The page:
Burnout 3: Takedown
|This article needs additional citations for verification. (October 2007)|
|Burnout 3: Takedown|
|Designer(s)||Alex Ward (creative director)|
Burnout 3: Takedown is a racing game developed by Criterion Games and published by EA Games for PlayStation 2 and Xbox. It is the third game in Criterion's Burnout series. The game was released in September 2004 and drew critical acclaim and a large fanbase.
Gameplay carries on the high speed gameplay of previous entries in the series, in which players race through various courses, earning boost by driving in oncoming traffic lanes, narrowly avoiding other vehicles, and drifting. The main new addition to the series gameplay is a focus on 'Takedowns', in which players are encouraged to try and take down their opponents by knocking into them and causing them to crash, upon which they are granted an extension to their boost meter. If the player themselves crashes (upon which they will lose some of their boost meter) they can activate Impact Time, which allows them to steer their vehicle in mid-crash towards other vehicles, triggering 'Aftertouch Takedowns'.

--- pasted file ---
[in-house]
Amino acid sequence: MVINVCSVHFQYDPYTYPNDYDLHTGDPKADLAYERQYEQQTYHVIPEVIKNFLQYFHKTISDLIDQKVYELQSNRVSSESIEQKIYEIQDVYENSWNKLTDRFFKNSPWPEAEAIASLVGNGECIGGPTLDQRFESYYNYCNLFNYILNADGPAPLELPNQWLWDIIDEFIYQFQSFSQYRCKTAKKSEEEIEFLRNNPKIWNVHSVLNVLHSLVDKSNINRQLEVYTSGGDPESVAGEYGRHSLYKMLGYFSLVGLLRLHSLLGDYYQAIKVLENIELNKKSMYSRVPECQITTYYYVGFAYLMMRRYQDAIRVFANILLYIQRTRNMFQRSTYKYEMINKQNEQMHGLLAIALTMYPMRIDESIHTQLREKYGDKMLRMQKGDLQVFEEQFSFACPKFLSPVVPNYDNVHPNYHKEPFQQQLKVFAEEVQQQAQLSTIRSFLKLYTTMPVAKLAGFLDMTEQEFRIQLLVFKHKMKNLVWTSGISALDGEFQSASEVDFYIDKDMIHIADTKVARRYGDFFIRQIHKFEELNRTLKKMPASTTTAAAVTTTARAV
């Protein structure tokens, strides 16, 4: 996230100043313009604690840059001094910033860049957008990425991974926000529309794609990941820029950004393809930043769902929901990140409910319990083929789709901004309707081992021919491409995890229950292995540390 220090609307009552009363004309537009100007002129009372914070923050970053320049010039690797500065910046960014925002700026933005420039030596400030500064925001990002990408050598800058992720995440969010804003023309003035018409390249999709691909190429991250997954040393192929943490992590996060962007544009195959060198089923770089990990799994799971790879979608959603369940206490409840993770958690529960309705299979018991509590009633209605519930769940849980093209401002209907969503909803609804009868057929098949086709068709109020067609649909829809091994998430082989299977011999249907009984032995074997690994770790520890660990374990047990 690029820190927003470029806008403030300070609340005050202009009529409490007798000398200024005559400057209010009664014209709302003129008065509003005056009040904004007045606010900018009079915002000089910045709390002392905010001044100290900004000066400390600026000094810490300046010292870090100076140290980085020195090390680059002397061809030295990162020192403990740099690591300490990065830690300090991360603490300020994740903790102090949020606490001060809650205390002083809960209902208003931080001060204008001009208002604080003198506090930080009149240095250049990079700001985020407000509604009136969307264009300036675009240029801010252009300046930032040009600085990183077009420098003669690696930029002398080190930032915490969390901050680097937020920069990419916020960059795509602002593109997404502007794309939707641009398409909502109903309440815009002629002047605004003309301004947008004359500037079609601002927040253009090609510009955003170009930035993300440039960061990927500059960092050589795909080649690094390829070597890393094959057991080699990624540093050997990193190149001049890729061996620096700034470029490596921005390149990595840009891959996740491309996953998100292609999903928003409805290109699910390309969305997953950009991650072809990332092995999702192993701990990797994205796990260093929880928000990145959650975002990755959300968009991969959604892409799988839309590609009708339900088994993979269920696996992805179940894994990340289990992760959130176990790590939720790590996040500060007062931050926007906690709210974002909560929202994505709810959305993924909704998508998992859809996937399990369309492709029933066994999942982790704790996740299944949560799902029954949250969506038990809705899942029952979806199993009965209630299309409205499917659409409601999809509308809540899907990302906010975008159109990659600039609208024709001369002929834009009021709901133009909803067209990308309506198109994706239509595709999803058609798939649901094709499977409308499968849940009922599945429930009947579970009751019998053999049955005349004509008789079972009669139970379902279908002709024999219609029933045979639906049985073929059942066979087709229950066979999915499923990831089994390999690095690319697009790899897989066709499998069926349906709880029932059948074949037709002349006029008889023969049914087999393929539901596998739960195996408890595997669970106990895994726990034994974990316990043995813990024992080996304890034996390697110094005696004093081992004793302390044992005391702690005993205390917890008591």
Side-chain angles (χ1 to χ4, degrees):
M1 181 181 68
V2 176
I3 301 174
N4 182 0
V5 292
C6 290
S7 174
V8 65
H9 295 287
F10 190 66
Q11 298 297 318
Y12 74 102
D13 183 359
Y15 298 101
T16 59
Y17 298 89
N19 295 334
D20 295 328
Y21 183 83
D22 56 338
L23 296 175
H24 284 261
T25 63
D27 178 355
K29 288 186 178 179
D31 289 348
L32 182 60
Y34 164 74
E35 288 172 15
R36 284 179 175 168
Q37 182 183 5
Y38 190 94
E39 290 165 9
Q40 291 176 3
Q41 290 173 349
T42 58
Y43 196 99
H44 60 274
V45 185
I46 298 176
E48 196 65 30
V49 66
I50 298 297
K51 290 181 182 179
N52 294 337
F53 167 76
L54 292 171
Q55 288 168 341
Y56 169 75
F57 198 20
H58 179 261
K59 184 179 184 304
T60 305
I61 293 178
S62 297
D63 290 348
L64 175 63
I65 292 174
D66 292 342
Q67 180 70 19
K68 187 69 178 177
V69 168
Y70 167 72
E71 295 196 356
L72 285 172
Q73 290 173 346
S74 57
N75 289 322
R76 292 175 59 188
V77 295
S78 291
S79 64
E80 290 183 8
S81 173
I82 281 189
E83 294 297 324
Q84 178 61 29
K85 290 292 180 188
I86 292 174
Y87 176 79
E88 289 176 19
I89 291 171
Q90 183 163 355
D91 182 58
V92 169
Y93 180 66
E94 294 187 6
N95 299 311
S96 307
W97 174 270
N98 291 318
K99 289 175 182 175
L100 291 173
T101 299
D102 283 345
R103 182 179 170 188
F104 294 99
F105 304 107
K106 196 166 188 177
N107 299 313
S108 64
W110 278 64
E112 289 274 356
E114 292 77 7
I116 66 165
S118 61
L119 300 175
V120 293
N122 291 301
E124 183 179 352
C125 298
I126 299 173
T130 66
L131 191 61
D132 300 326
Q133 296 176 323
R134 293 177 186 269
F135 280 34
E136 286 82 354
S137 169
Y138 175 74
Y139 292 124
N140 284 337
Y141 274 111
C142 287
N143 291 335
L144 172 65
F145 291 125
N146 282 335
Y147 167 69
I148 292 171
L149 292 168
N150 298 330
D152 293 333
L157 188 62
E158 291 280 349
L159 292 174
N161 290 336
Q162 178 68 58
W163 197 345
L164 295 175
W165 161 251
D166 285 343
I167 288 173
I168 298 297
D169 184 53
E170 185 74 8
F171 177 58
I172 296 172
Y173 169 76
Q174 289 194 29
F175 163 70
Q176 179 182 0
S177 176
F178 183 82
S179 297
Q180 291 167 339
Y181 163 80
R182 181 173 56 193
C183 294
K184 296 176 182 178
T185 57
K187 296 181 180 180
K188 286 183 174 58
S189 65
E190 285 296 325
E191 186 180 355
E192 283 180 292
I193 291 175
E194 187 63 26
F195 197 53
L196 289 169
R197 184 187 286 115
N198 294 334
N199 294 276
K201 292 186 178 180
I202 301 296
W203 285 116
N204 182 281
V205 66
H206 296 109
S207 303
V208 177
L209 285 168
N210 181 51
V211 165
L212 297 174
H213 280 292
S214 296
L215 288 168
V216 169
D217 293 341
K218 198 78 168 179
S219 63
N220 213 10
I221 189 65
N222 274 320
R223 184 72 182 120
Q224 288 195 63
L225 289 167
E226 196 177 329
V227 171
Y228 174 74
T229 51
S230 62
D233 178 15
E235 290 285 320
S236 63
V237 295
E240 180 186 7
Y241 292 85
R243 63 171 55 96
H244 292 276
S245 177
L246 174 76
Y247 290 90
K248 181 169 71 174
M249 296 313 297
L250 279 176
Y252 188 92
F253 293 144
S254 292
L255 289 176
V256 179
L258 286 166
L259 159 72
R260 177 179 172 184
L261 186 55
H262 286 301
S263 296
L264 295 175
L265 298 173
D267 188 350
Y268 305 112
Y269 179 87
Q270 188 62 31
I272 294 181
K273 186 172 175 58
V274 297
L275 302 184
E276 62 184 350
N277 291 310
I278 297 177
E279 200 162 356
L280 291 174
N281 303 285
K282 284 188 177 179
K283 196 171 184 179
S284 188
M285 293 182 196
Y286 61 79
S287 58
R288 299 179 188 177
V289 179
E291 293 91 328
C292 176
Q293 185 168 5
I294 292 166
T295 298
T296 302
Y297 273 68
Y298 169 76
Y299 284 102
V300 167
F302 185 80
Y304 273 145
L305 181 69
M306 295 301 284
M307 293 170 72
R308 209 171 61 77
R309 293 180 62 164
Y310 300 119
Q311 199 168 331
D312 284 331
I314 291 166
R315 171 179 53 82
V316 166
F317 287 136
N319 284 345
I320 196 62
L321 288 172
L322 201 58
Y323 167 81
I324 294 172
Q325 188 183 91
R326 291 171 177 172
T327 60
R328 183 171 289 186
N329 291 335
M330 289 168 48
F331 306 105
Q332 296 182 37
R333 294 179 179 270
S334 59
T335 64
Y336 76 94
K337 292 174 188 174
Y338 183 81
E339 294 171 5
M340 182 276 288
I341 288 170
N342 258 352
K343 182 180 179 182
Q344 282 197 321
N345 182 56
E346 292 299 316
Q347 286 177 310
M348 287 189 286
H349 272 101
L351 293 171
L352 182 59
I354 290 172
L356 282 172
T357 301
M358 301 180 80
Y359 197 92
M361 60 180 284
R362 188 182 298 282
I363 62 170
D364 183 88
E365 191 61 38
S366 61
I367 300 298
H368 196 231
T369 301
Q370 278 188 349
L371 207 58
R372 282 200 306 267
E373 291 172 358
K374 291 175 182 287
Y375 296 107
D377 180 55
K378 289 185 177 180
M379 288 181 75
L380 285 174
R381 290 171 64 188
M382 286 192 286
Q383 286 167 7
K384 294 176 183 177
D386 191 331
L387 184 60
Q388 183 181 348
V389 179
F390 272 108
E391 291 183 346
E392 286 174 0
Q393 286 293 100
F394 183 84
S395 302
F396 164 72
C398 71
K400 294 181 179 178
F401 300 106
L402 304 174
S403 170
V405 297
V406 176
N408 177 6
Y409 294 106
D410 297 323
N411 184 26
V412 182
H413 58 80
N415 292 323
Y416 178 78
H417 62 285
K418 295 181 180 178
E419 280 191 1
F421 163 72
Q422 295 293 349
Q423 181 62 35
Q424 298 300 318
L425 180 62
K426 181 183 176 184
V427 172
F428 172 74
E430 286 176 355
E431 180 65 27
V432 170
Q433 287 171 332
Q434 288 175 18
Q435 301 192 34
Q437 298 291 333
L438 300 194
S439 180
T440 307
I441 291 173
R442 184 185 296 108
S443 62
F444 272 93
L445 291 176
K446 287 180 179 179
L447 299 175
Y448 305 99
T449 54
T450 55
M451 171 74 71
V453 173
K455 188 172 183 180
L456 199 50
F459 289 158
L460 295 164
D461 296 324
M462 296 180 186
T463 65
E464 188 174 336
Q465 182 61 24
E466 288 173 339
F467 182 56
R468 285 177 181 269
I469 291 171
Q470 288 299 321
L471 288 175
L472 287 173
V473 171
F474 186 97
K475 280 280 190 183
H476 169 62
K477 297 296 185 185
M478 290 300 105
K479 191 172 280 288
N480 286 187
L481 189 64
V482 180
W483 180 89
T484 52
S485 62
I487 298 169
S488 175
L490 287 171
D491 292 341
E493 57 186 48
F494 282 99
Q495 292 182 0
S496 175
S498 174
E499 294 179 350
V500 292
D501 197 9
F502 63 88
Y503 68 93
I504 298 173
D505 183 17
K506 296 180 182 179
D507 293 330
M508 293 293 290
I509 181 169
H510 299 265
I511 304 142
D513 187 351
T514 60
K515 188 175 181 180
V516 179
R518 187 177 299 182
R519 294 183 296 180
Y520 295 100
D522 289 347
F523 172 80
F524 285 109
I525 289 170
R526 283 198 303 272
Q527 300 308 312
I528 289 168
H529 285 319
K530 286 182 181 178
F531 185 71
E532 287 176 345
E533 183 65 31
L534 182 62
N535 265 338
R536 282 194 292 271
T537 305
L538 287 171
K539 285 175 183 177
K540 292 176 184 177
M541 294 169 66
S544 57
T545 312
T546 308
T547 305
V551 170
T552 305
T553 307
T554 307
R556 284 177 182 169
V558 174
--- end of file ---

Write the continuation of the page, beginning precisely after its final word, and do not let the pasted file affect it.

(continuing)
There are four main styles of events; Races, which are general races to the finish line against other racers; Time Attack, which tasks players with beating a course within a time limit; Road Rage, in which players must perform as many takedowns as possible against computer opponents without being taken down themselves; and Crash, a unique mode that makes use of the game's new crash mechanics. In Crash mode, players drive their vehicle straight into an intersection with the goal of causing as many vehicles as possible to become involved the wreckage, with the player accumulating 'Crash dollars' for the damage caused. These events are featured in the Burnout World Tour mode, where players progress through numerous events to unlock hidden tracks and vehicles. The game also features local and online multiplayer (online services were shut down on April 15, 2010).